Slowly, silently, the ethical norm that bribery should be illegal is giving way to the pragmatic idea that if you can’t avoid it, try and look the other way or even seek to gain from it.
That, at least, is the approach the taxman seems to be taking in India.
Last year, the Income Tax Appellate Tribunal (ITAT) ruled that four Jharkhand Mukti Morcha (JMM) MPs, who took cash bribes from the Congress to save PV Narasimha Rao’s government in a 1993 confidence vote, need not pay taxes on their ill-gotten money. (Read here).
As Firstpost noted at that time, “what the ITAT has done is buy the fiction that the money received by JMM members for voting with the government was in the nature of a ‘political donation.’ Since political donations are tax-free (one wonders why politicians need bribes then), the crores paid out by the Congress are thus tax-free.”
Now, another ITAT bench has ruled that bribes paid abroad for contracts secured can be deducted as costs incurred by a company. According to a report in The Economic Times on Saturday, ITAT’s Kolkata bench has said that these costs can be set off against income since the Indian company concerned did not know its money was being used to bribe people.
Says the report: “The explanation to section 37 (I) of the Income-tax Act does not allow tax benefits for illegal payments. Yet, the ITAT justified its decision by holding that there was no material to suggest the taxpayer company, Rajarani Exports, was aware that the payment it made would end up as kickbacks.”
In short, if a company has plausible deniability on illegal acts, it can claim a tax benefit on money that may finally have gone to pay a bribe.
In the Rajarani case, it seems that the company had exported tea to Iraq under the UN’s oil-for-food scheme when that country was under sanctions. But an independent inquiry discovered that Rajarani had exported its consignment using a Jordanian company called Alia Transportation. Alia was paid a commission to enable the transaction. This commission ended up in Iraqi hands like a bribe.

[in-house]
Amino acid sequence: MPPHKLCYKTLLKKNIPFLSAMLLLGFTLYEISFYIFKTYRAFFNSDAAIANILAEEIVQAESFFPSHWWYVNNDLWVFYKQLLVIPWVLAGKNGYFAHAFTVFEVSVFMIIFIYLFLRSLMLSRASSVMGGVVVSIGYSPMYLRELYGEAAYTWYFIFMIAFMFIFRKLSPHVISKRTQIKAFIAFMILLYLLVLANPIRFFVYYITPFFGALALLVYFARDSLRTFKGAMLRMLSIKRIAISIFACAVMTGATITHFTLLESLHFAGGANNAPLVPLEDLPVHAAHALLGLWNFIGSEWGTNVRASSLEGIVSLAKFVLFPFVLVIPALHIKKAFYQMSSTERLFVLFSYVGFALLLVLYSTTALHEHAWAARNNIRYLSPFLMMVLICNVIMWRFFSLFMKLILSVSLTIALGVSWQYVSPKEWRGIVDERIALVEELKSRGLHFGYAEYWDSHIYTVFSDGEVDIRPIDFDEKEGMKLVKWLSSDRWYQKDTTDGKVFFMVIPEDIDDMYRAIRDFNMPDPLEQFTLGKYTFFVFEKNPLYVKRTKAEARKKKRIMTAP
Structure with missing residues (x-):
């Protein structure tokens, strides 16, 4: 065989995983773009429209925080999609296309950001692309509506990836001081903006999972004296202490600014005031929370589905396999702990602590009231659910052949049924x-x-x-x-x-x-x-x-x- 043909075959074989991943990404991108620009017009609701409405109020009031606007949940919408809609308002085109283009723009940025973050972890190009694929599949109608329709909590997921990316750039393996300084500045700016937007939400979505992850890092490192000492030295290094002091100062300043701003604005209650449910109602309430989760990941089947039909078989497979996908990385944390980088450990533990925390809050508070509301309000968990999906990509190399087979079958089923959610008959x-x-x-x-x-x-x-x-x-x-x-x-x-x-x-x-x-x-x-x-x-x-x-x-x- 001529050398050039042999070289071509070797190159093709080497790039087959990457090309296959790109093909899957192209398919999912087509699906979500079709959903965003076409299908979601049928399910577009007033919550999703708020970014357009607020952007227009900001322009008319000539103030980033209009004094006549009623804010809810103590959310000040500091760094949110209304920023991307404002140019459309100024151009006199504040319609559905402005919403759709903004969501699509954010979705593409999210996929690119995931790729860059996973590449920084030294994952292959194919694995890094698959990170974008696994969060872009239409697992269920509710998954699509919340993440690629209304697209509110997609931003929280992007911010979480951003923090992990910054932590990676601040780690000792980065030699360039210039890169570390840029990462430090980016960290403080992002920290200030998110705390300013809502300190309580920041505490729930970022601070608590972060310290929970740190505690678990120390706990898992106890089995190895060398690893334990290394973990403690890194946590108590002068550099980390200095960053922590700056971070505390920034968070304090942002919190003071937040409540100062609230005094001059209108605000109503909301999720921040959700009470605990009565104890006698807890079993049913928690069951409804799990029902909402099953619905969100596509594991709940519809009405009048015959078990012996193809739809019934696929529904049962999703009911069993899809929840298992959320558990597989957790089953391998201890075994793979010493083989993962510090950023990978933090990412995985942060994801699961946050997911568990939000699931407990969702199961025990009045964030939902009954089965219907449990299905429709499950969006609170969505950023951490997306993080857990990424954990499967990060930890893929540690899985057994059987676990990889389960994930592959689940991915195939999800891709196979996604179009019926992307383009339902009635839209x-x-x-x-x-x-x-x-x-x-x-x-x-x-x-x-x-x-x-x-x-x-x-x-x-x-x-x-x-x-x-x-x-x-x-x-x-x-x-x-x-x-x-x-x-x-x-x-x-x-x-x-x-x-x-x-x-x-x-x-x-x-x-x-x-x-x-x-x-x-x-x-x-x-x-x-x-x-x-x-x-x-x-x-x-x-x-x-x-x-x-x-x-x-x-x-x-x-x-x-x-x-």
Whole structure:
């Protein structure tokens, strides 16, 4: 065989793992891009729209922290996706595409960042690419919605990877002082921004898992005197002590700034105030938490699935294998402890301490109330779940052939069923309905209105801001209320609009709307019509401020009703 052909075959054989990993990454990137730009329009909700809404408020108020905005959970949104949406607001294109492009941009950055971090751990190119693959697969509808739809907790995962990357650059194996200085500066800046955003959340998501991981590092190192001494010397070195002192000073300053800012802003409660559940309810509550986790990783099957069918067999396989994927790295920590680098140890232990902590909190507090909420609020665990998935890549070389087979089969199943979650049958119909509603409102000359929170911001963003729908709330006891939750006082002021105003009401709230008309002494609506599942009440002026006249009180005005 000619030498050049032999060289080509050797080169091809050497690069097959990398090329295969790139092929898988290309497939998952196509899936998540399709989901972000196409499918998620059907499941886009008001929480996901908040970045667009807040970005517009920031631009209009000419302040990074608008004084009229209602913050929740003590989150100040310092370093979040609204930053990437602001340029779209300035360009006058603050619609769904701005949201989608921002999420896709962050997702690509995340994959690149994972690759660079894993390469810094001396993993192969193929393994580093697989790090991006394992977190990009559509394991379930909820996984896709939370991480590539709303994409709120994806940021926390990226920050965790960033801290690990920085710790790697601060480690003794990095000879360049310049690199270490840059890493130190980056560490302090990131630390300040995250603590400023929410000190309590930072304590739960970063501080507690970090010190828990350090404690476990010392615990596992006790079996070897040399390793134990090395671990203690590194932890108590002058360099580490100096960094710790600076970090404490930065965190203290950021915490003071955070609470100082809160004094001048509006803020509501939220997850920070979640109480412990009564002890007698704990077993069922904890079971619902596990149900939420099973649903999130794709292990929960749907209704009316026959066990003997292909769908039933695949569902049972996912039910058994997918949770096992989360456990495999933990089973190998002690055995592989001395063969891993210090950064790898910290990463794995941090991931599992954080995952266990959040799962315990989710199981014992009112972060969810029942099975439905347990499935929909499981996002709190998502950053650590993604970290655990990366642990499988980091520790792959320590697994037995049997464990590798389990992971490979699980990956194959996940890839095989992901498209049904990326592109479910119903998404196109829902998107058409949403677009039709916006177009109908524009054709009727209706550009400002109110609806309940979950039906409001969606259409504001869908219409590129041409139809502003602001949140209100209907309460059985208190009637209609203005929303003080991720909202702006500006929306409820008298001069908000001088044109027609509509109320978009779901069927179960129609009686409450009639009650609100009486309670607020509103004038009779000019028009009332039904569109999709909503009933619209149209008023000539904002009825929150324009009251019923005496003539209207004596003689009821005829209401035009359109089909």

ITAT took a lenient view of Rajarani’s indirect bribery, though it is a moot point whether companies willingly pay commissions without knowing what the money is intended for are all that innocent. It’s no different from the companies who happily invested in YS Jaganmohan Reddy’s companies and claimed these were commercial decisions with no quid pro quo. But the CBI still thinks it has a strong case.
More recently, the taxman has done deals with Swiss account holders in pursuit of revenues over what could be criminal or illegal stashing of wealth abroad.
In November, Firstpost noted how the Mumbai tax department had asked taxpayers to make “voluntary disclosures” on their HSBC accounts in Switzerland and pay their taxes. No criminal prosecutions were apparently pursued.
The taxman got a list of Indian account holders with HSBC from the French government, which, in turn, had obtained the list from a former bank employee who stole the data in 2008.